By Angie Mayes

Mt. Juliet News Correspondent

Mt. Juliet Mayor Ed Hagerty spoke out against a property tax increase at Mt. Juliet Commission meeting last Monday night.

“As most of you know, there is before us tonight, a pitch to increase your property taxes by nearly a factor of four,” Hagerty told the crowd in the audience. “From the current rate of 16 cents to 59 cents. Of that, 39 cents would be dedicated to the fire department, and the balance of 20 cents would be dedicated to infrastructure.”

When approving the agenda at the beginning of the meeting, the resolution to authorize the increase and the budget that went along with the increase, was removed from consideration. Hagerty said because of that, there was going to be a move to drop the potential increase at this time.

“I do want to comment further, because there’s been quite a bit of discussion about this,” he said. “Quite frankly, I’ve been a very vocal opponent against this. One primary reason that I have repeated often is we do not have a revenue problem. We have a spending problem.”

Hagerty said the fire department’s revenue increased 42 percent in the past five years.

“Most agencies would be thrilled. They’d be ecstatic with an increase in funding of 42 percent,” he said. “We celebrate our economy when our gross domestic product is 2 percent or even 2.5 percent in a year. Could you imagine if a business increased their revenue 42 percent in five years?”

He asked if the audience had a 42-percent increase in income in the past five years.

“How many of those have spent every penny of the increase?” Hagerty said. “You probably didn’t. You probably [saved some] like most of us do. In this case, the department has not only spent it all, they more than doubled the spending. They spent more than 100 percent of a 42-percent increase in revenue.”
He said there would be “a lot of excuses as to why this happened. But I ask you this. If any of you had a teenager, who was spending recklessly, would you blindly give him or her more money? Would you triple or quadruple what you’re giving them? No, you’d take a deep breath and talk to them and try to get them to act responsibly. And you’re giving solutions that make sense.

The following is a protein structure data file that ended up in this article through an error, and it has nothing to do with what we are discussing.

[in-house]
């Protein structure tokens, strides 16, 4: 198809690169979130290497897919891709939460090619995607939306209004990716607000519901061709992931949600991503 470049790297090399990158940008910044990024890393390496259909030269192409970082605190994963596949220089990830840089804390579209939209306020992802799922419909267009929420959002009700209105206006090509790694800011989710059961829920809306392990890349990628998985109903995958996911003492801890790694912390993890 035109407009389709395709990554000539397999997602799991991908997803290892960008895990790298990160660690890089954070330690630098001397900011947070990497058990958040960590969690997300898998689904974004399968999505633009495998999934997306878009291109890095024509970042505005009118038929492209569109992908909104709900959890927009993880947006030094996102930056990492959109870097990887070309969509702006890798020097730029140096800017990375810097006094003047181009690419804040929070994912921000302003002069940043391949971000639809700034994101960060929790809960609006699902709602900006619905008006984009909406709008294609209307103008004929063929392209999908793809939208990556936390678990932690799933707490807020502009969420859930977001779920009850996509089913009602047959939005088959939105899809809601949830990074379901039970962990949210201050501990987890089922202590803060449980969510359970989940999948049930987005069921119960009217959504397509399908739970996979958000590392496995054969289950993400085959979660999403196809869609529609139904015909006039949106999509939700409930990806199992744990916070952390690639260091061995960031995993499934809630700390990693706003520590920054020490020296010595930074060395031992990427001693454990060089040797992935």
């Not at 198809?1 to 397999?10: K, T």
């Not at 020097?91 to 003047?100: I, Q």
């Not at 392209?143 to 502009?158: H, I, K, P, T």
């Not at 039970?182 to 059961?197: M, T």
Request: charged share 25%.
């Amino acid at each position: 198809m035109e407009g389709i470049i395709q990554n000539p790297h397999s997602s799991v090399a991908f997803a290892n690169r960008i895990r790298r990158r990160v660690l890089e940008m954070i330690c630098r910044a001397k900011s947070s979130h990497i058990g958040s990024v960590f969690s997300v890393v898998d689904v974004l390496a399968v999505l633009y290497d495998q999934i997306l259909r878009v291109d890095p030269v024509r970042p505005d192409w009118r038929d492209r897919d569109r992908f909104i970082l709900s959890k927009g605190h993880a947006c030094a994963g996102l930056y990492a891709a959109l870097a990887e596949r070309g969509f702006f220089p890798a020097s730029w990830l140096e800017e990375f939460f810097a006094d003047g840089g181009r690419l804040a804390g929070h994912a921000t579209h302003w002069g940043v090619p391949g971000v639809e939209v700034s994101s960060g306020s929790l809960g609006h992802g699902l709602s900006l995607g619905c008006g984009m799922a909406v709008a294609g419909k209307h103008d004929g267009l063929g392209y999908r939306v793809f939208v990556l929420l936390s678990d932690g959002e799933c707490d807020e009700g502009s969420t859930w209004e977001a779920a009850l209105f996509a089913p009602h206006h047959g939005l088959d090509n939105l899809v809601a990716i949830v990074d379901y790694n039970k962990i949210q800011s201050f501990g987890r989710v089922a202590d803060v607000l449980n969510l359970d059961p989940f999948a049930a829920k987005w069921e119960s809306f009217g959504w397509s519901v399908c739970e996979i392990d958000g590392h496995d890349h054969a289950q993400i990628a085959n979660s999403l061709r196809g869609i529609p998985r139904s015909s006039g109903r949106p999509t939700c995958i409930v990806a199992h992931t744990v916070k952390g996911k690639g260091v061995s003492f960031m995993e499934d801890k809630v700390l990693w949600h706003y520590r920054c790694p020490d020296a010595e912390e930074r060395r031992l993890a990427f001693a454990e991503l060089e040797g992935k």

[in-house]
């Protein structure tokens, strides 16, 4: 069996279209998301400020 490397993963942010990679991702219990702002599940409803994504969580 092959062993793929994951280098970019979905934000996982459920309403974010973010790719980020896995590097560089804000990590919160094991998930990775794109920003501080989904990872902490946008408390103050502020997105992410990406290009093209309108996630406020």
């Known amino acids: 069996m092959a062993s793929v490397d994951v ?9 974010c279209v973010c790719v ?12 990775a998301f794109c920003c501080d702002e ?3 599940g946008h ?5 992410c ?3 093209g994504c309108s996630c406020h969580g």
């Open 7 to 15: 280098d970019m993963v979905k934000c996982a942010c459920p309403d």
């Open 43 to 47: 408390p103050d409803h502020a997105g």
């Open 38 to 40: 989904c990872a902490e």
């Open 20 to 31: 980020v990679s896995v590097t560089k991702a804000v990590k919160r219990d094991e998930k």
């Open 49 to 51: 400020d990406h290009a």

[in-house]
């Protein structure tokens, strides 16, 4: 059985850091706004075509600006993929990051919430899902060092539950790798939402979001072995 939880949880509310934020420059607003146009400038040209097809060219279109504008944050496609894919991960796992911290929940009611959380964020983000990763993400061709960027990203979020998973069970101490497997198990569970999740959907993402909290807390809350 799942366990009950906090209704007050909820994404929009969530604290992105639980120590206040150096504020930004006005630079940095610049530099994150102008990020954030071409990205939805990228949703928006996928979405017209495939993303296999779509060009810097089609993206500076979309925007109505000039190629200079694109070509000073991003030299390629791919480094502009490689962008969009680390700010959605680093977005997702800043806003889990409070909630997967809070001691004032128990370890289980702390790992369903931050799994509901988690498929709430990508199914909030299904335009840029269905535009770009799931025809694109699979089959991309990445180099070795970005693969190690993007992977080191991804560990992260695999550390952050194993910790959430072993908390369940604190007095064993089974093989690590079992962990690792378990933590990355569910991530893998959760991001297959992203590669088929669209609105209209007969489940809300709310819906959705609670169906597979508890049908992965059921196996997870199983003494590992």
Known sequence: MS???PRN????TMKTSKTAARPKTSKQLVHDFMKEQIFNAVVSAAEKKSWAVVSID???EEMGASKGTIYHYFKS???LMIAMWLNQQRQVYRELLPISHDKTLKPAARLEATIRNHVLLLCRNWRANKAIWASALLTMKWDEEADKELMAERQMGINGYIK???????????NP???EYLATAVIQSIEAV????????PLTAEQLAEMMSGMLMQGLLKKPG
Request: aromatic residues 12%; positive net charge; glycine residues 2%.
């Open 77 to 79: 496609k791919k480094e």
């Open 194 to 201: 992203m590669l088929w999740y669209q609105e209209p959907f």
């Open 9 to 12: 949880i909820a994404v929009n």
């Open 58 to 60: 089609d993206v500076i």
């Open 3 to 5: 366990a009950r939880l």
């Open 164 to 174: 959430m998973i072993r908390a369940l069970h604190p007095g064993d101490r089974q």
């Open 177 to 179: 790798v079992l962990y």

“If you teenager then acted impetuously, challenged you, talked down to you or ignored you, would you be more or less inclined to triple their money?”

He related a story about calling for an ambulance May 8. He said his wife called, and the Fire Department of Mt. Juliet did not show up, even though they were two miles from his home.

“The Fire Department of Mt. Juliet did not come when called,” Hagerty said. “They were not on another call. I checked.  Given the ranker and emotion of this tax discussion, I don’t even what to speculate why the city of Mt. Juliet [fire department] did not come when called.”

Later in the meeting, fire Chief Jamie Luffman, told Hagerty the 911 system, which goes to the Wilson Emergency Management Agency first, recognized his home as outside the city limits. Therefore, WEMA’s fire truck and ambulance showed up for the call.

“My personal situation aside, assuming this property tax proposal fails over the next two months, I will be bringing to the commission alternate proposals and ideas for consideration,” Hagerty said.

He said that could include raising the sales tax, which everyone who visits Mt. Juliet pays. Hagerty said other options are to “change the impact fee on construction, reduce spending or become more efficient. Here’s the real kicker. We got our budget books on Tuesday, electronically, and on Wednesday, we got the hard copy. We have not had a single [work] session dedicated to the budget until now.”

He acknowledged there was a work session for the tax increase proposal. There were also two town hall meetings for the tax proposal.

“Through all of those, the sales pitch was always on the revenue side,” he said. “Not a single comment on the spending side of the equation. The sales pitch has been relentless, ‘We must have more revenue for the fire department. We must have more money for the fire department. We must have more of your money.’”

Hagerty then said he quoted exactly from the fire department’s executive summary in the budget book.

“The Fire Department of Mt. Juliet’s budget request is largely status quo,” he read. “The Fire Department of Mt. Juliet is requesting no additional personnel, nor are we requesting any additional funding for any capital project.”
Hagerty said because the taxes are paid in arrears, the tax would be due Oct. 1. That would, he said, cover the period of Jan. 1 through Dec. 31. The budget runs on a fiscal year, July 1 through June 30. He said the residents would have paid twice, once Oct. 1 and then Oct. 1, 2020 before the department needed any money.

“For these reasons alone, I stand opposed to this proposal and will be bringing alternatives to the table in the next few days,” he said.

The issue was moved to the June 10 meeting, where the budget would be considered on first reading. A second and final reading will take place June 24 if it’s approved on first reading.